PARIS (Reuters) - The U.S Supreme Court decision to speed access to copycat biologics drugs on Monday was expected but has an “immediate impact”, Sanofi Chief Executive told Reuters.
The justices, in a 9-0 ruling, overturned a lower court’s decision that had prevented Swiss pharmaceutical company Novartis from selling its copycat version of California-based Amgen Neupogen until six months after the U.S Food and drug administration approved it.
The decision has major implications for the pharmaceutical industry because it will dictate how long brand-name makers of biological drugs can keep near-copies, named biosimilars, off the market.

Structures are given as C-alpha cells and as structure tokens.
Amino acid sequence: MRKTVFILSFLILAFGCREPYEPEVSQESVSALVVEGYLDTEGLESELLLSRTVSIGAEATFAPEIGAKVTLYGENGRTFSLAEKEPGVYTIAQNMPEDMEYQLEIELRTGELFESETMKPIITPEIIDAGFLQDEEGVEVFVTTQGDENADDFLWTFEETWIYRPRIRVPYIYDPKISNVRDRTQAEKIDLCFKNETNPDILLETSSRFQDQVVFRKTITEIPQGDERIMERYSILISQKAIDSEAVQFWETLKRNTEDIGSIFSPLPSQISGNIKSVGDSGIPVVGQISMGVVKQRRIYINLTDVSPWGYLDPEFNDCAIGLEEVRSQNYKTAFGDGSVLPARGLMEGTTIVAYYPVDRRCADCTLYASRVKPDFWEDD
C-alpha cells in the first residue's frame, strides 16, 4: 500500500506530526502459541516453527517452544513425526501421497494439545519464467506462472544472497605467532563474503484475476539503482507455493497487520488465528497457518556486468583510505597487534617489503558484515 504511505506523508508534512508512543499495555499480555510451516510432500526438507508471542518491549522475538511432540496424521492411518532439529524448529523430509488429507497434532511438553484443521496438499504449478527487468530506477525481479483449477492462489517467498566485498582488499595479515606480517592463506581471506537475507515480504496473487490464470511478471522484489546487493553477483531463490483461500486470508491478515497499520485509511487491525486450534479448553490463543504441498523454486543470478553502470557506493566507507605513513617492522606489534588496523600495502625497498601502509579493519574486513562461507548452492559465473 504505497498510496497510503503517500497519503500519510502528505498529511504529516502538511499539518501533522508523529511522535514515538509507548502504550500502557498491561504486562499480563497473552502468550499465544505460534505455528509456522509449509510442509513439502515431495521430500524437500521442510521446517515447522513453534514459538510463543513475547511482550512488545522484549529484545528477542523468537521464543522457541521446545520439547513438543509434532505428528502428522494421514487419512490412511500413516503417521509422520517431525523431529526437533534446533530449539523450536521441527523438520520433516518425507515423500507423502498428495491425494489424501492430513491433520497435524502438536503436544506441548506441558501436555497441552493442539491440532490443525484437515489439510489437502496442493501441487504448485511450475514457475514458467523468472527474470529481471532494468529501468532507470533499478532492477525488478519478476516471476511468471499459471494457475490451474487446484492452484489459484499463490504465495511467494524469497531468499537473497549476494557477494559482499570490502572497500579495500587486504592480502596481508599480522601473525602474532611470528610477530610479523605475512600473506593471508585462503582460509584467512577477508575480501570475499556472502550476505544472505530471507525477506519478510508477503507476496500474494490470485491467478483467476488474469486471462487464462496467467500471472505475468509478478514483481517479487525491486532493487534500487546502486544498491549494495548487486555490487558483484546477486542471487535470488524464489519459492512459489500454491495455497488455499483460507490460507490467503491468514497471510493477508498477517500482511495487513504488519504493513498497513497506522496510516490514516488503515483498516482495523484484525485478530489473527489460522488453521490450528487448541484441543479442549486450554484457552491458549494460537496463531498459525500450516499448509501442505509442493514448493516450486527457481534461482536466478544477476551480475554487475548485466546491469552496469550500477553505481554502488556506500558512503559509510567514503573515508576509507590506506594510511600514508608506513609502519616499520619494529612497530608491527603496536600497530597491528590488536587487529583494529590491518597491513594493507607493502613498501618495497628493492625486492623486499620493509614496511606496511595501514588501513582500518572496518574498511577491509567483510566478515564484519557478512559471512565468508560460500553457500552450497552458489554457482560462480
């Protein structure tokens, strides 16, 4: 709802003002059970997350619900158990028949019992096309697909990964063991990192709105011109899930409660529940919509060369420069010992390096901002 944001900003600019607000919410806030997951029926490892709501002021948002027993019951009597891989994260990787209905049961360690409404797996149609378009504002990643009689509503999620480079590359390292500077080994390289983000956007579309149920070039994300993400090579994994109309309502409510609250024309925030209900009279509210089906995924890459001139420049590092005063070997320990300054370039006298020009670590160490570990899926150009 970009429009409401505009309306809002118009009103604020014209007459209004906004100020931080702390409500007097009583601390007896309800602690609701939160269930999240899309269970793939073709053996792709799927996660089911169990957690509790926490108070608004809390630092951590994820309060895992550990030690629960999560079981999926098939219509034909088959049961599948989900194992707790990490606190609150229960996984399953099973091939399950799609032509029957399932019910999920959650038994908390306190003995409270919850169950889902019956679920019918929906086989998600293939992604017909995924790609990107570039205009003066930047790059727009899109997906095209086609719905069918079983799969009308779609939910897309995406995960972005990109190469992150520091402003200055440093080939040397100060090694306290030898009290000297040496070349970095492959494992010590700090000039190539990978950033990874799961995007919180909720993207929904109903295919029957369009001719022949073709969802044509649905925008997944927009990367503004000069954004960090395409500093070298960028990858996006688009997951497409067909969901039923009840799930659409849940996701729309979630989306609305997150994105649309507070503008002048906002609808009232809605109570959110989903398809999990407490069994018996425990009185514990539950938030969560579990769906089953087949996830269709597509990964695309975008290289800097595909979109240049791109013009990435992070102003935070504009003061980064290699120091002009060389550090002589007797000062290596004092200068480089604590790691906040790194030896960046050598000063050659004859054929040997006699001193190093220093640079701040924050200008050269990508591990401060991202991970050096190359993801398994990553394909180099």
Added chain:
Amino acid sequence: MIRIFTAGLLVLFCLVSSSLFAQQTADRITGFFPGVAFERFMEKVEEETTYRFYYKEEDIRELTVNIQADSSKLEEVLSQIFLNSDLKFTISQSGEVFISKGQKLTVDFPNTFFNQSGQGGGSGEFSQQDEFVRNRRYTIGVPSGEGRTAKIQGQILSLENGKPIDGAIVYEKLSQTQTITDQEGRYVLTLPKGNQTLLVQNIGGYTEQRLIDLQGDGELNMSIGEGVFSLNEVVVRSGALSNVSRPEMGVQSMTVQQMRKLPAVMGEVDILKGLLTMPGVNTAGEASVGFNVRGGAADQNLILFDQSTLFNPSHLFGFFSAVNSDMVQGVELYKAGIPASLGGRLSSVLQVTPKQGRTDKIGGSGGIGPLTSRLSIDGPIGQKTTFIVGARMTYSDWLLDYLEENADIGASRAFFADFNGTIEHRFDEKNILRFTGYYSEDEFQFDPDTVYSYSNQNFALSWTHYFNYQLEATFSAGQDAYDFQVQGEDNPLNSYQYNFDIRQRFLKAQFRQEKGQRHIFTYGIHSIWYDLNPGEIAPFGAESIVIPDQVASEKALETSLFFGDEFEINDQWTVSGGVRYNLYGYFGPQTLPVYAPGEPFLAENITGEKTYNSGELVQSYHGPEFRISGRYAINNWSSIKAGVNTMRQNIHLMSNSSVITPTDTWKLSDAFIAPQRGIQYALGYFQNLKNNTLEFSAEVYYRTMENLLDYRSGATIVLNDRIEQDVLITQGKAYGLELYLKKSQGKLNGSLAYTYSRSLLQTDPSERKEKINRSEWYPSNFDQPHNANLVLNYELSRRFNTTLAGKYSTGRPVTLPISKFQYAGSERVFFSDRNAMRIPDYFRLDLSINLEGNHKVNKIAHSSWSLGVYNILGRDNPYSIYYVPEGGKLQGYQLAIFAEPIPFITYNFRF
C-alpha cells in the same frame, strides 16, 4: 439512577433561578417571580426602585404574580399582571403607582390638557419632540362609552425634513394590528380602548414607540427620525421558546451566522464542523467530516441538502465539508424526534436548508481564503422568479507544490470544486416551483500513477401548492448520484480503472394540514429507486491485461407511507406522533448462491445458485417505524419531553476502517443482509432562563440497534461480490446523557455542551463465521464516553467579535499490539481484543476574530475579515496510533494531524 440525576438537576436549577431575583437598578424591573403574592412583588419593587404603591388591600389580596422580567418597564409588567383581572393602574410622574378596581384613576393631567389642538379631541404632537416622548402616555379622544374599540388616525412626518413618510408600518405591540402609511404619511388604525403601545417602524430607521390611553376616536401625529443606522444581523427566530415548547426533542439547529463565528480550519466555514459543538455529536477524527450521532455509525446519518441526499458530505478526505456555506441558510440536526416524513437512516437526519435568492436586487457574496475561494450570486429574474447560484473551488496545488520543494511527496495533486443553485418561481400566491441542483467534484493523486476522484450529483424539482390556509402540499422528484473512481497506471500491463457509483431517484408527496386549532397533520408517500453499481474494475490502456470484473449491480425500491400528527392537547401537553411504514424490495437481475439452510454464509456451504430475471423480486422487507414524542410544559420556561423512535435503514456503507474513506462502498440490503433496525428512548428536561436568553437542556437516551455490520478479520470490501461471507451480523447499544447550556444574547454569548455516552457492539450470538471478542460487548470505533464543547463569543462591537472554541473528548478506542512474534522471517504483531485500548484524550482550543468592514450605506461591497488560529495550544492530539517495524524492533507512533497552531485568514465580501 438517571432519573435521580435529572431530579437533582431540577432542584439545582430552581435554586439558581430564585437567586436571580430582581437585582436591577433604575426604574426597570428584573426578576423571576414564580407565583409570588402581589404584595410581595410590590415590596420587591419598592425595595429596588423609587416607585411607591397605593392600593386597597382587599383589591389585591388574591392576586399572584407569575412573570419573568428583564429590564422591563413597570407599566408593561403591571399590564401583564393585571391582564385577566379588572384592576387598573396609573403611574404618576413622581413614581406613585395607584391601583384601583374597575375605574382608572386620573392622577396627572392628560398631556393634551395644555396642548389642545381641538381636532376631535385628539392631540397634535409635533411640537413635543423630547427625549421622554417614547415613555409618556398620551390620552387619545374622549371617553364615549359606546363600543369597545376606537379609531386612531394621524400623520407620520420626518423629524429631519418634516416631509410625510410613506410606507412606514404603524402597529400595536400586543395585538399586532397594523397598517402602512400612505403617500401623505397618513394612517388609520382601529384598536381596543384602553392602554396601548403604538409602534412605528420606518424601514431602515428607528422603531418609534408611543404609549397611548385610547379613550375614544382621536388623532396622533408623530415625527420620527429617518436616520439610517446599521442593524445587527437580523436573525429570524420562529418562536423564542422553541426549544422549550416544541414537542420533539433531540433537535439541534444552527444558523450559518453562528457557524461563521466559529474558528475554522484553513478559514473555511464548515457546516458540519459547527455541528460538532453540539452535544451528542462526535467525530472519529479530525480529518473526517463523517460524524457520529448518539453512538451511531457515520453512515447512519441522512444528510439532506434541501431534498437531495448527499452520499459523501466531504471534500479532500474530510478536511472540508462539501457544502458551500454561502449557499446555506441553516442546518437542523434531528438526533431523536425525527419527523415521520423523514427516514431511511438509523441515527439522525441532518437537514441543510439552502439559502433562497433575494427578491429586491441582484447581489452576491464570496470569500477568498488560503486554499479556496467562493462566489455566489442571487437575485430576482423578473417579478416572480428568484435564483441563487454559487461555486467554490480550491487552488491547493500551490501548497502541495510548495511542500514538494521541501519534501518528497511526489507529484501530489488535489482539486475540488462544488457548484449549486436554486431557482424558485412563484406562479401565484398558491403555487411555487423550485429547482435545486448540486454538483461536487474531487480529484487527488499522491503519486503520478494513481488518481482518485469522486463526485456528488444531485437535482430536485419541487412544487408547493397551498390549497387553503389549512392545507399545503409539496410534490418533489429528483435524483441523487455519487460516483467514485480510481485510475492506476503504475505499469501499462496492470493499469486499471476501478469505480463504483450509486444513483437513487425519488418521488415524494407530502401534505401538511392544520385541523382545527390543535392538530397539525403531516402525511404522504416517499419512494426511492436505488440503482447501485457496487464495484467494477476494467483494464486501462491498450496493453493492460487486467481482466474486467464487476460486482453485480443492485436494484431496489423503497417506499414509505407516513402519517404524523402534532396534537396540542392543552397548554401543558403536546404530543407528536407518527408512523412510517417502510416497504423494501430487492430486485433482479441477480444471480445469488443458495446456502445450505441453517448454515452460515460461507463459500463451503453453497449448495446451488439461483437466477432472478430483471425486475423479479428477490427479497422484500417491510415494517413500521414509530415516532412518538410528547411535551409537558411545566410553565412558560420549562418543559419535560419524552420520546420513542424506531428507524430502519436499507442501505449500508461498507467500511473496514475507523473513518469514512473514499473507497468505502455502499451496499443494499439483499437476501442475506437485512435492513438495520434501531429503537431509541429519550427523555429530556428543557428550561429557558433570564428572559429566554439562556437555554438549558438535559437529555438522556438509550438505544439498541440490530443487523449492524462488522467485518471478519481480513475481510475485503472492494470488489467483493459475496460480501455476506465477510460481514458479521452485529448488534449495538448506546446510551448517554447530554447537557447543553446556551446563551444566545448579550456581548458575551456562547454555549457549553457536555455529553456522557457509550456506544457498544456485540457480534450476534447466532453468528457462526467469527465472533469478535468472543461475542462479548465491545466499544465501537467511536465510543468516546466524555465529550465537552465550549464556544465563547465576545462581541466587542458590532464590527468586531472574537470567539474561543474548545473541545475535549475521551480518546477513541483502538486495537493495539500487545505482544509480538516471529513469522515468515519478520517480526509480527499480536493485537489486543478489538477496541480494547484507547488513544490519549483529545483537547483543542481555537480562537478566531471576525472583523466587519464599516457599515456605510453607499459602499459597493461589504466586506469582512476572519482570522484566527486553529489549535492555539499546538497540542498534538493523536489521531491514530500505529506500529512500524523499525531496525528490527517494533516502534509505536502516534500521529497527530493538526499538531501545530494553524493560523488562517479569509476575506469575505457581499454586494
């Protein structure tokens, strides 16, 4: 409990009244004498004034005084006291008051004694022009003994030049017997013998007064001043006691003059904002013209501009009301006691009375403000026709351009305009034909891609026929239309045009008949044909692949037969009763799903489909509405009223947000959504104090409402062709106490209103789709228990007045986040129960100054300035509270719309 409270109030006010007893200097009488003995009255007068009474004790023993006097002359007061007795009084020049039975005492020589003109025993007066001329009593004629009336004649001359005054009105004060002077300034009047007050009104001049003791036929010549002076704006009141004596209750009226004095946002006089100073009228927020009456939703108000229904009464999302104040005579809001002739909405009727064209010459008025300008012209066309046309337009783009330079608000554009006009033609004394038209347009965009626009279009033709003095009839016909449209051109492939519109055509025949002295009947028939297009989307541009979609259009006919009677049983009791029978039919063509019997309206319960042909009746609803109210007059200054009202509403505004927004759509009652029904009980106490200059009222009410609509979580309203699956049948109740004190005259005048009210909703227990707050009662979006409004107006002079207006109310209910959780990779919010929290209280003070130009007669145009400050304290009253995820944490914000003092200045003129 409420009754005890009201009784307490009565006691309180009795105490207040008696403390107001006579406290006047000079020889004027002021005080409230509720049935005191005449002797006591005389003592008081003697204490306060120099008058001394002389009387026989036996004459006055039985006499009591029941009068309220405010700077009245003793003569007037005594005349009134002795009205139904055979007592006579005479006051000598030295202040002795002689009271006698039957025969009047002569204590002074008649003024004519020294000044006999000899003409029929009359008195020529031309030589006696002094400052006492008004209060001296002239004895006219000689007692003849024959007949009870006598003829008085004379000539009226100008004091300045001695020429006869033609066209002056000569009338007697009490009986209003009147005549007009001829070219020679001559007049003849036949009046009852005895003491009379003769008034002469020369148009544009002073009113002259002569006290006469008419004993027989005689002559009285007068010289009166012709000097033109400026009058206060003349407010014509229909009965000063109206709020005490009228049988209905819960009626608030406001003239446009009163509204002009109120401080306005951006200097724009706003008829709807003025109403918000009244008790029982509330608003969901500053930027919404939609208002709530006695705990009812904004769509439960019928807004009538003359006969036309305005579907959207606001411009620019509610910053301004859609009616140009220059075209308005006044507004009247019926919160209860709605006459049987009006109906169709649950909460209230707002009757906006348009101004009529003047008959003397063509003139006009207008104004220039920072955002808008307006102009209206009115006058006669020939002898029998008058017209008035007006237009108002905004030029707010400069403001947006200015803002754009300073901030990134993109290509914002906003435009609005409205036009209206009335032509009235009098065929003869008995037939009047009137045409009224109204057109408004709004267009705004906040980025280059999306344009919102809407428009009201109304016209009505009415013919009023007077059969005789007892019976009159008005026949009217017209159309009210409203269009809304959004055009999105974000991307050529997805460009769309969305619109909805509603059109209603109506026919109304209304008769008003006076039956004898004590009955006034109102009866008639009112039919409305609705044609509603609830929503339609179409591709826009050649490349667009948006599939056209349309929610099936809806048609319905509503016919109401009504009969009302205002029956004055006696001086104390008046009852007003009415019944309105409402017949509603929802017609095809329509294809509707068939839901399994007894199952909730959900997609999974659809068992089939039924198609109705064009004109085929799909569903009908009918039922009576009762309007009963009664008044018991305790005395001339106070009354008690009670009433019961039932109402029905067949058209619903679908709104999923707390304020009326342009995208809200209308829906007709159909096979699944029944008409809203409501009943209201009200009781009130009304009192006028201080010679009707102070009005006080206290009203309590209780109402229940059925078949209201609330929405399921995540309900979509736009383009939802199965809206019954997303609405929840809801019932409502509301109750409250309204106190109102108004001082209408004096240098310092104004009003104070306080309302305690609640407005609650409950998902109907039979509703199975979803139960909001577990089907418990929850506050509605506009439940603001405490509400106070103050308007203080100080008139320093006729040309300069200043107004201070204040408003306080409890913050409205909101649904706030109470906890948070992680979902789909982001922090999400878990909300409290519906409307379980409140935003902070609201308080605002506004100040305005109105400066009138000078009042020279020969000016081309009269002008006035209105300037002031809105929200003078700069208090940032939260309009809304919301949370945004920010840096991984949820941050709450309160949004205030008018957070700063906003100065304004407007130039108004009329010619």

Even the six months at issue in the case can mean hundreds of millions of dollars in sales. Health insurers expect biosimilars to be cheaper than original brands, like generics, saving consumers billions of dollars each year.
“It is something we had to be ready for...it is part of the business model,” Olivier Brandicourt said of the announcement, adding the ruling had an “immediate impact.”
Brandicourt was speaking to Reuters on the sidelines of the Viva Technology forum in Paris.
Asked if the ruling could modify the company’s financial guidance, Brandicourt said Sanofi had not yet had enough time to evaluate its financial consequences.
“As far as we are concerned, we have not yet had sufficient time to evaluate, in the frame of our strategic plan, the possible financial consequences, if they were to be any,” he said.
Sanofi is due to publish its half-year results on July 31.
Reporting by Matthias Blamont, Editing by Dominique Vidalon